The late Kwan Jang Nim, Hwang Kee, made the turtle the symbol of the Pyung-Ahn Hyungs. He also presented the Hyungs to reflect Moo Duk Kwan style in 1945. The turtle bears a special significance in Korea culture comparable to that of the dragon in China. Throughout Korea, in gardens and temples especially, one sees turtle sculptures dating from historical times to the present. Its head represents the earth, its claw, the heavens, and its body, the water. As the intermediary between heaven and earth, water also represents humanity. These elements are also the three powers of the universe: Chun, Ji and Inn. Uniting these powers into the living whole, the turtle embodies longevity.

Wholeness is essential to the Pyung Ahn Hyungs, as it is the peaceful confidence for which they are named. In Soo Bahk Do, we find this wholeness in the interaction between Um and Yang, an essential feature of Ki, or vital life. In Korean, the name for this interaction is O-Heang. The relation between Um and Yang is dynamic: O-Heang flows from the union of Um and Yang. Since Um and Yang also represent the earthy and heavenly aspects of Ki (life), we can summarize the relationships between the turtle symbol, the elements, and three aspects of Ki in the following chart:

Turtle Elements Ki
Head Earth Um
Body Soo (Water, humanity) O-Haeng
Claws Heaven Yang

Our Moo-Do culture, like Pyung Ahn Hyungs embrace the absolute integrity of nature in all its aspects as the basis for human morality. The late Kwan Jang Nim Hwang Kee always reminded us to connect with the great nature. We can see how he valued the Shim-Kong aspects (Duk) on our art of Soo Bak Do.


The Pyung Ahn Hyungs have as their purpose the cultivation of harmony between Um and Yang, earth and heaven, in those who perform them. This entails more than knowledge of the physical movements involved. Physical techniques must be complemented by spiritual wisdom (Duk or Ma-Um), just as Um is balanced with Yang and earth with heaven, if we are to find peaceful confidence in practicing the forms. The goal of the Pyung Ahn Hyungs is precisely this integration of contrasting force-um and yang, earth and heaven, body and spirit-into a harmonious whole.

By: D.K Chang
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Study Guide for White Belts

This study guide will focus on Ki Cho Hyung Il Bu, the main requirement for your first promotion to 9th Gup (white belt with a blue stripe) in Soo Bahk Do. Please visit in the White Belt Instruction category to view all of the material that we cover at the white belt level. Please note that children requirements are different. For specific requirements to compare with, please see my list of testing requirements.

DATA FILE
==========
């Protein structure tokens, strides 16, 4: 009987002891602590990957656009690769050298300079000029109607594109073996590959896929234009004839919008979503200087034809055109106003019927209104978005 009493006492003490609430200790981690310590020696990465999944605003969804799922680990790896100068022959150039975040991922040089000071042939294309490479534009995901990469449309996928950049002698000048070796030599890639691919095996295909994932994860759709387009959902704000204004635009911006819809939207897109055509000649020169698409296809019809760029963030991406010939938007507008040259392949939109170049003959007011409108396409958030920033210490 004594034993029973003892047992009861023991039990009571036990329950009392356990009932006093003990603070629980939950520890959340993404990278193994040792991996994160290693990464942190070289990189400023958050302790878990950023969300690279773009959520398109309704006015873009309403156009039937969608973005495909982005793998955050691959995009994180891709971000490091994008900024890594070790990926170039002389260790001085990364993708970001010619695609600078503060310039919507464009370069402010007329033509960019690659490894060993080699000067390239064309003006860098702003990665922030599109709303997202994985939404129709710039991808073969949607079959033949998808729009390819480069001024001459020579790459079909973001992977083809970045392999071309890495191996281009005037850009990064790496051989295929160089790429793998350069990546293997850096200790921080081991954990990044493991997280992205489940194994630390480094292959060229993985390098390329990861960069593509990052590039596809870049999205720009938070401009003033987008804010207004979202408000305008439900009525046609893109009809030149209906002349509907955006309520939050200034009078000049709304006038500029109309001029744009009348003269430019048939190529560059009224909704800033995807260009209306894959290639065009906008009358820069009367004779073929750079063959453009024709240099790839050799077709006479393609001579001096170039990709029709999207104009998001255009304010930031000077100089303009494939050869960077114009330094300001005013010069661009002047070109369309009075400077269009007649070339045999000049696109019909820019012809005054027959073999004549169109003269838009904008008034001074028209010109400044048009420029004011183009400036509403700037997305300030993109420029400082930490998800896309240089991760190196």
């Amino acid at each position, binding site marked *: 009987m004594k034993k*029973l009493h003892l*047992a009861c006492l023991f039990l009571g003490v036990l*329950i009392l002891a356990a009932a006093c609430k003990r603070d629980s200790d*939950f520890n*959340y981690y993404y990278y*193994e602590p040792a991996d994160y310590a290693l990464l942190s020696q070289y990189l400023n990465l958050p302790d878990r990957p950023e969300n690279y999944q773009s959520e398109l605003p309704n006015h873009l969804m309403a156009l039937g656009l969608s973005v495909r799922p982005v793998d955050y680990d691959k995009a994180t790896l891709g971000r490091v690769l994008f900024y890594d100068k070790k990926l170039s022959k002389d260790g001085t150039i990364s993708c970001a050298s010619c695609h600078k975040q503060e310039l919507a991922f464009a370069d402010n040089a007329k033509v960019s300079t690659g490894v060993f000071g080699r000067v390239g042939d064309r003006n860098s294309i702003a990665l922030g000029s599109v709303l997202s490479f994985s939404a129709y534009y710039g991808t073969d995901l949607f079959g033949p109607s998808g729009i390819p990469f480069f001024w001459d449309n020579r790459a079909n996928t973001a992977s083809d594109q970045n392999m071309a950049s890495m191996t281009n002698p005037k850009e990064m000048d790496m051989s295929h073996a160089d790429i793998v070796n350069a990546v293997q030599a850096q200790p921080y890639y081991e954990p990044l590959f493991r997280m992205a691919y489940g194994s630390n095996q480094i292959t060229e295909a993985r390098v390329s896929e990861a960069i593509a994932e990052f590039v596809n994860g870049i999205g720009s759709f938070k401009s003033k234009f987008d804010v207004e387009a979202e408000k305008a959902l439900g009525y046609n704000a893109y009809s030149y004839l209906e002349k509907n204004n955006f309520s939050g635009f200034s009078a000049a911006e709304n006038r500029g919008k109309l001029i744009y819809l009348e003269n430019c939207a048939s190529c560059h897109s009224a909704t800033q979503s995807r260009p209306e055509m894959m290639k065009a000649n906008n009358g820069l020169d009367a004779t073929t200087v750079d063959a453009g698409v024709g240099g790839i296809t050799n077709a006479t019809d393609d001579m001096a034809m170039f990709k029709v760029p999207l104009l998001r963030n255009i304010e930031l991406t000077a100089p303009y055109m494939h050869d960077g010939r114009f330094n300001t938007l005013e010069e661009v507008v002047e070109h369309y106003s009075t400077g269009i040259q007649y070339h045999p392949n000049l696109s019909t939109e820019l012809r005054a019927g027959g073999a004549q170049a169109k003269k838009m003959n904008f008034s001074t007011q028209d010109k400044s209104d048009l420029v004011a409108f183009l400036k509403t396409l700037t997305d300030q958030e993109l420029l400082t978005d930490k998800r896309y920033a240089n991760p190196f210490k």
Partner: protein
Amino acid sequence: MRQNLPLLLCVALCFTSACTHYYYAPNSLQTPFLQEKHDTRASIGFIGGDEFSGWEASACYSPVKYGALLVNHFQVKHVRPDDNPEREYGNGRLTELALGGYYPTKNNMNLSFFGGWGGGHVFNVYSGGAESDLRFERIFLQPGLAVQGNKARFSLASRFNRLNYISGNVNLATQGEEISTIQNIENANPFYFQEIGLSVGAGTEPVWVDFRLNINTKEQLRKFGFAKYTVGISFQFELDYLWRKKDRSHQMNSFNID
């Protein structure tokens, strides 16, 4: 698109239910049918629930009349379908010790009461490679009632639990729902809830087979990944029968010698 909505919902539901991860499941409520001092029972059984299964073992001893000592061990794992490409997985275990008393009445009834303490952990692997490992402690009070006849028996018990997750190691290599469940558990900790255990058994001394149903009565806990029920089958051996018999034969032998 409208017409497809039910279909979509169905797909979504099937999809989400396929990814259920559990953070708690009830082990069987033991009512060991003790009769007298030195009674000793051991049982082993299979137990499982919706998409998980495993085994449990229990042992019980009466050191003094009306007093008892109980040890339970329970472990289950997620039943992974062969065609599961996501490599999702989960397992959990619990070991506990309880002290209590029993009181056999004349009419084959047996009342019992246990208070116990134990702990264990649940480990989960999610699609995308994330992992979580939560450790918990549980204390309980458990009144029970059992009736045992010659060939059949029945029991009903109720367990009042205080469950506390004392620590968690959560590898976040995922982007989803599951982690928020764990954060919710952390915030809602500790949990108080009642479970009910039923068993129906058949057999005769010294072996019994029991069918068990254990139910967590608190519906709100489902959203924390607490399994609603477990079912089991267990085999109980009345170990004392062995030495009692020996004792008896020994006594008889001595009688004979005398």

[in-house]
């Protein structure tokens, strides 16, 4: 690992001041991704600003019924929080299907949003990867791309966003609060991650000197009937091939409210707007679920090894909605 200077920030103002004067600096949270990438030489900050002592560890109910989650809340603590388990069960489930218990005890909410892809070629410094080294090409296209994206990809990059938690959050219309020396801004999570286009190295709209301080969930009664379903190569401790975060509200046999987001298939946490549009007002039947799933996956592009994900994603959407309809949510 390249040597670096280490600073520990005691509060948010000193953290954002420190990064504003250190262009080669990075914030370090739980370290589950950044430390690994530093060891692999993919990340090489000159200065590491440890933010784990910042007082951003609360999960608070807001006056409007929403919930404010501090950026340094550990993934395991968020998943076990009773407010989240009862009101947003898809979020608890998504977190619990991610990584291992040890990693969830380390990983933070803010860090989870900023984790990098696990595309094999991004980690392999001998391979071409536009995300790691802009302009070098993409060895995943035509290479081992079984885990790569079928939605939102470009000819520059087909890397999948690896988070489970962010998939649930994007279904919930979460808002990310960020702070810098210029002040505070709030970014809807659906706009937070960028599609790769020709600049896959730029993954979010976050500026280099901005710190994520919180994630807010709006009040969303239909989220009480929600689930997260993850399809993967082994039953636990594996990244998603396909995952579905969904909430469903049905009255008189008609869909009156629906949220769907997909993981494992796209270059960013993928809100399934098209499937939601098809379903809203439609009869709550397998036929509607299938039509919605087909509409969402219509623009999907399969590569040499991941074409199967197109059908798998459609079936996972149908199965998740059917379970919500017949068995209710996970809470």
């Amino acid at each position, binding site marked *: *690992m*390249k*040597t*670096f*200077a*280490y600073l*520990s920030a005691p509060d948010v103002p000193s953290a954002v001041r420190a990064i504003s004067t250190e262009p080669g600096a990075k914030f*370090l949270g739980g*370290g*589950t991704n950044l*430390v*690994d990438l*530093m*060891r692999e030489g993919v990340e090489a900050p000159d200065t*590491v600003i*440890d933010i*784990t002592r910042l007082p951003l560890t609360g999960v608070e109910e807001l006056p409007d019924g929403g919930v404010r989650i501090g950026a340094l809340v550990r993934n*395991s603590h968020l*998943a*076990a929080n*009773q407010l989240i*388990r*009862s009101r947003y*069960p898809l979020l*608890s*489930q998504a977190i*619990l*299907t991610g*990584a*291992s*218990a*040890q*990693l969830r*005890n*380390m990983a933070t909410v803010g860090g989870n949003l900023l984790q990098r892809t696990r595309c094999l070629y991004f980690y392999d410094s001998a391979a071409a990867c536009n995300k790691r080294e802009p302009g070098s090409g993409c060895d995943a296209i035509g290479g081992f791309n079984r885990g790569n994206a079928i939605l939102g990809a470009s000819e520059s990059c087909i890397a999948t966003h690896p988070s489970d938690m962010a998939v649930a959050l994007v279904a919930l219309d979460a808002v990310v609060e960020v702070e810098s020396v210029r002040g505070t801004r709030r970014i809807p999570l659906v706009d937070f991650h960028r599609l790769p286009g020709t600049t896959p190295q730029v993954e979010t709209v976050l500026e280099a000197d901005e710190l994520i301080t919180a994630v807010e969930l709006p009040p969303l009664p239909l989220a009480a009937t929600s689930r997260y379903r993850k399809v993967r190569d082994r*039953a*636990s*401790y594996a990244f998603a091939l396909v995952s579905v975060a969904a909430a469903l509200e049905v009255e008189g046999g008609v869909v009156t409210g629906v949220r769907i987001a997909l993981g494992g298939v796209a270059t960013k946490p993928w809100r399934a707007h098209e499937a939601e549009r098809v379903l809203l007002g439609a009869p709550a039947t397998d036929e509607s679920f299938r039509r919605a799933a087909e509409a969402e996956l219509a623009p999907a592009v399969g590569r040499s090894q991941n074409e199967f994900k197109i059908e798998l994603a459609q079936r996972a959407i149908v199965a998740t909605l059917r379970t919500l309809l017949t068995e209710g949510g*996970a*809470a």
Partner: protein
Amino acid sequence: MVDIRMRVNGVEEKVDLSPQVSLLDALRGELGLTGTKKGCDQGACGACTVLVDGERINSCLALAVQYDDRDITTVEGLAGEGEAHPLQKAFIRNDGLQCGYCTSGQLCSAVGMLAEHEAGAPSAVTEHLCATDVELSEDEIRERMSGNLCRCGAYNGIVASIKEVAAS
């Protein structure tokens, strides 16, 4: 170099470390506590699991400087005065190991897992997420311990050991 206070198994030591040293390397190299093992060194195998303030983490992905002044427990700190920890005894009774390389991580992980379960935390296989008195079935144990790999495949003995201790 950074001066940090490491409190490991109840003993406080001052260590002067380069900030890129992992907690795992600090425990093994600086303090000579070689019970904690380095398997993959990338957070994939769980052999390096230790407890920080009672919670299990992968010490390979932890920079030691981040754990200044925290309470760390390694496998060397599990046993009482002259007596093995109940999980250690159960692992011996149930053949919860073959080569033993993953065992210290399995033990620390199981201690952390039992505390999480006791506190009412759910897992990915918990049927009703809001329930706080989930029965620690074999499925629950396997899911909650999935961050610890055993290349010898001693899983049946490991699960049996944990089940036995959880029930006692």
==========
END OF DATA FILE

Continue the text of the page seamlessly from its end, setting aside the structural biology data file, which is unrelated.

Ki Cho Hyung Il Bu

Ki Cho Hyung Il Bu (Basic Form #1) is the first form you have to learn and the main requirement for your first promotion to 9th Gup (white with a blue stripe) in Soo Bahk Do.  This form was created by the late Grandmaster Hwang Kee, founder of Soo Bahk Do Moo Duk Kwan, in 1945 in Seoul, South Korea.  It has a total of 22 movements including the Jhoon Bee Jaseh (ready stance) at the beginning and ending of the form. Some concepts I hope you will learn as a result of continued practice of Ki Cho Hyung Il Bu include:

  • Stepping and turning in a front stance
  • Basic understanding of defensive and offensive hip twist
  • Proper crossing for a low block and proper fist for the center punch.
  • Good chamber hand discipline.
  • Improved awareness through Shi Sun (eye focus)

Memorization Patterns

The form diagram is a capital “I”.  Each corner of the “I” has the combination low block, stepping center punch.  The middle of the I has the combination: low block, stepping center punch, stepping center punch, stepping center punch (ki hap or yell).  Whenever you change directions, step and turn towards the center of the “I” with the FRONT foot.  The exception to this rule is after a ki hap.  After the 3rd punch down the center of the “I”, you will turn in the drection of the center of the “I” but with the REAR foot.  The turns are probably the most difficult part of the form for a beginner.

Below you will find myself performing Ki Cho Hyung Il Bu deliberately to show the various intermediate positions.  On the right, you will find Kwan Jang Nim (Grandmaster) H.C. Hwang, current President of World Moo Duk Kwan demonsrating the same hyung.


Performance Tips

  1. Cross your arms with the blocking hand on top for a preparation for the low block.
  2. Before the stepping center punch, raise the low block up to center level and hold your rear hip back in an offensive hip preparation for the punch (notice my pause in the video before each punch).